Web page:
Warren Buffett’s mentor Benjamin Graham, the father of value investing, conceptualized the stock market as an individual, a business partner named Mr. Market who approaches investors on a daily basis with a quote at which they can buy or sell a security. He characterized Mr. Market as a very moody individual. On some days he is quite euphoric and offers up a very high price. On other days he is quite depressed and quotes very low. He can be ignored routinely and without fail, but he always returns. (For related reading, see: Five Wildly Successful Value Investors.)

Furthermore, it is imperative to never heed nor fall under the spell of Mr. Market, to instead make rational business decisions based on a company’s economic fundamentals and intrinsic value.

Be Fearful When Others Are Greedy and Greedy When Others Are Fearful

In the 2013 Berkshire Hathaway Annual Report Warren Buffett offered up a tale of Mr. Market and a parcel of farmland in order to illustrate the machinations of Mr. Market. In this example, the farmland in question is a great asset: it has produced a substantial yield of corn year after year despite the short-term gyrations of locusts, a drought and an early freeze, and it is also projected to do so well into the future. A daily quote is not needed in order to understand that the farm is an economically sound, productive asset. Compared to other similar investments it is superior.

The Moody Neighbor Down the Road

On a daily basis the farmer from down the road approaches and offers to buy the farm or sell his at a quoted price. Our fellow farmer is very moody—a bit of a manic depressive. Some days he is quite euphoric, high on exuberance and quotes a high price. On other days, like a flipped switch, he is quite depressed and quotes low. We can ignore him as much as we want, but he always comes back. 

Given that the fundamentals of our farm are economically sound—increasing revenues, a strong track record of earnings, high rates of return—and with some certainty we can predict that the farm will continue to perform well into the future, then perhaps the time to sell is never. If, on the other hand, we look down and determine that our farm is indeed a “lemon,” perhaps it is time to sell to our neighbor on a day of euphoria in lieu of purchasing a great farm at a good price.  

On down days when the neighbor is utterly depressed and offers up his farm at a low price, a determination can be made: is his farm economically sound, or will it present a substantial rate of return over time based on its intrinsic value and price offered? If so, then perhaps a purchase is made. The depressed lows of our neighbor merely serve up the opportunity to effectuate high rates of return through the purchase of a great asset.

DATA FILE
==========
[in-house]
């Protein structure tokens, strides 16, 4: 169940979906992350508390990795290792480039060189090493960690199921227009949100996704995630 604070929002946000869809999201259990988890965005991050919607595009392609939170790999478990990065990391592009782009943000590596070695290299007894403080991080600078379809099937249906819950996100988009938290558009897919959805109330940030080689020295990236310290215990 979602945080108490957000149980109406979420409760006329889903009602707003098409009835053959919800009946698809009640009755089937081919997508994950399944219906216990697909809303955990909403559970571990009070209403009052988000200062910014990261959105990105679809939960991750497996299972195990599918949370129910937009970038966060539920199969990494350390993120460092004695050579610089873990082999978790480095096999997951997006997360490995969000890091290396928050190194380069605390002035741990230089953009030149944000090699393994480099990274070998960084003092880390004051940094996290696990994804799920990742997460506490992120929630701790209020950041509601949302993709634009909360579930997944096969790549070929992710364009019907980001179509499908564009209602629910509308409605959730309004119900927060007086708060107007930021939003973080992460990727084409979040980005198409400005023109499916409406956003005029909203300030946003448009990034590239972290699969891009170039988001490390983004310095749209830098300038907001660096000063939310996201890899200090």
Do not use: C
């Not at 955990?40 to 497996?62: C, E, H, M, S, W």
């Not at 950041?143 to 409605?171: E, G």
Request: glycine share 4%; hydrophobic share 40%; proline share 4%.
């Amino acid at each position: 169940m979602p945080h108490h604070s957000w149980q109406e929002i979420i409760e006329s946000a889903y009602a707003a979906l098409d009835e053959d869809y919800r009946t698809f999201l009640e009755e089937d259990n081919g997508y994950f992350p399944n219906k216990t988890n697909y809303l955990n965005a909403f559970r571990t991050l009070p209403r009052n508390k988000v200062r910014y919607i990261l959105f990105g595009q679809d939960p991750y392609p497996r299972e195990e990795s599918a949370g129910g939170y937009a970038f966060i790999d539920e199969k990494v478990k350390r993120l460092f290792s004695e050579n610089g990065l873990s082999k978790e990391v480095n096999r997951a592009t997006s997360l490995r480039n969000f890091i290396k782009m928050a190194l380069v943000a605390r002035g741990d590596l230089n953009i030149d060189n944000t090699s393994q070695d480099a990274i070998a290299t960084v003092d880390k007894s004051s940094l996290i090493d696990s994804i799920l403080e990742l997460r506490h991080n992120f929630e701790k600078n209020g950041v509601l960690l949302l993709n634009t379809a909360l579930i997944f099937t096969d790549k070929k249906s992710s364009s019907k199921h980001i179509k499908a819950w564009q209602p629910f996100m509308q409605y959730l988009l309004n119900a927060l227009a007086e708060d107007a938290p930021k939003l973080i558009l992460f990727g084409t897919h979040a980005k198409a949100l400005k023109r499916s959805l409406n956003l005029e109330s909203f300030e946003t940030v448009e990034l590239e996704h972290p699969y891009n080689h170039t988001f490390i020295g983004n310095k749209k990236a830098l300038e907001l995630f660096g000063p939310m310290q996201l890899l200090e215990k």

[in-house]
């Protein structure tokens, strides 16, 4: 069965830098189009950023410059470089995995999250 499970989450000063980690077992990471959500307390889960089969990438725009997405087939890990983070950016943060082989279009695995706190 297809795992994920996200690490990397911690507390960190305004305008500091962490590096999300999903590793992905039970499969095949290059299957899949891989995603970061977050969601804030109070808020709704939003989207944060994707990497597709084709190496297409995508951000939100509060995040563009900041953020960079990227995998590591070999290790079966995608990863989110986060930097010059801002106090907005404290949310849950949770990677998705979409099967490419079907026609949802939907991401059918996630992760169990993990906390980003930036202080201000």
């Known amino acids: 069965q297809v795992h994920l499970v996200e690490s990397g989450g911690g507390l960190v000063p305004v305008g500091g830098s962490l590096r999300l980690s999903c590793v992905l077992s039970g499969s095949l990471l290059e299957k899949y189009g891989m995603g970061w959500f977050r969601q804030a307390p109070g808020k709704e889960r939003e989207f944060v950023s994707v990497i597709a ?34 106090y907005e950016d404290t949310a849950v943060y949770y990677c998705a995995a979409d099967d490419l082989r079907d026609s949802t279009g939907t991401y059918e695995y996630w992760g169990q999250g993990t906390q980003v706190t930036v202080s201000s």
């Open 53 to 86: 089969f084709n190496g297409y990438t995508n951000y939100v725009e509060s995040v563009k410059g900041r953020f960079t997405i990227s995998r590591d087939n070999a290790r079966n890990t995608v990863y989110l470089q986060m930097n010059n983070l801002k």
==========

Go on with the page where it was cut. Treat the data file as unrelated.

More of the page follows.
We Did Not Heed

During this entire process at no time did we come under the spell of our neighbor farmer from down the road, not reacting to his exuberant highs nor his depressed lows. We merely rationally analyzed, from a business perspective, the assets at hand.

I’d Like to Buy the World a Coke

Should great farms be purchased on days of the high bid? Perhaps, since it is much better to buy a wonderful business at a good price than a good business at a wonderful price. Case in point: if you had bought Coca-Cola (KO) in 1919 at a price of $40 per share, the next year would have cut the price in half to $19 due to issues with bottlers and a spike in sugar prices. Even so, if you had held the asset until 2010, with reinvested dividends, the stock would have been worth over $2.5 million. Time is the enemy of the mediocre business and the friend of the great business. The price paid also determines the rate of return, though, so it is prudent to buy wonderful businesses at good to great prices and perhaps not so much outlandishly high prices. (For more, see: Investing in Growth Vs. Value in 2016.)

The Bottom Line

The Market—or Mr. Market—is an erratic, moody individual. He appears on a daily basis with an offer that swings from euphoric lofty heights to depressing lows.  Regardless of his offer it is imperative to understand the intrinsic value of the assets at hand and not to come under the spell of our manic neighbor. As a business partner, Mr. Market should be used as a subordinate, not a leader.

The job of the long-term value investor therefore is to identify superior productive assets, the “super farms,” with durable economics that will continue to produce and increase in intrinsic value well into the future; in other words, a business that can be held forever. Despite short-term gyrations, intrinsic value ultimately surfaces.

And if the neighbor down the road shows up in the rain one day, woefully down in the dumps with a low bid for a super farm, take him up on his offer. And don’t literally think farms, think stocks.

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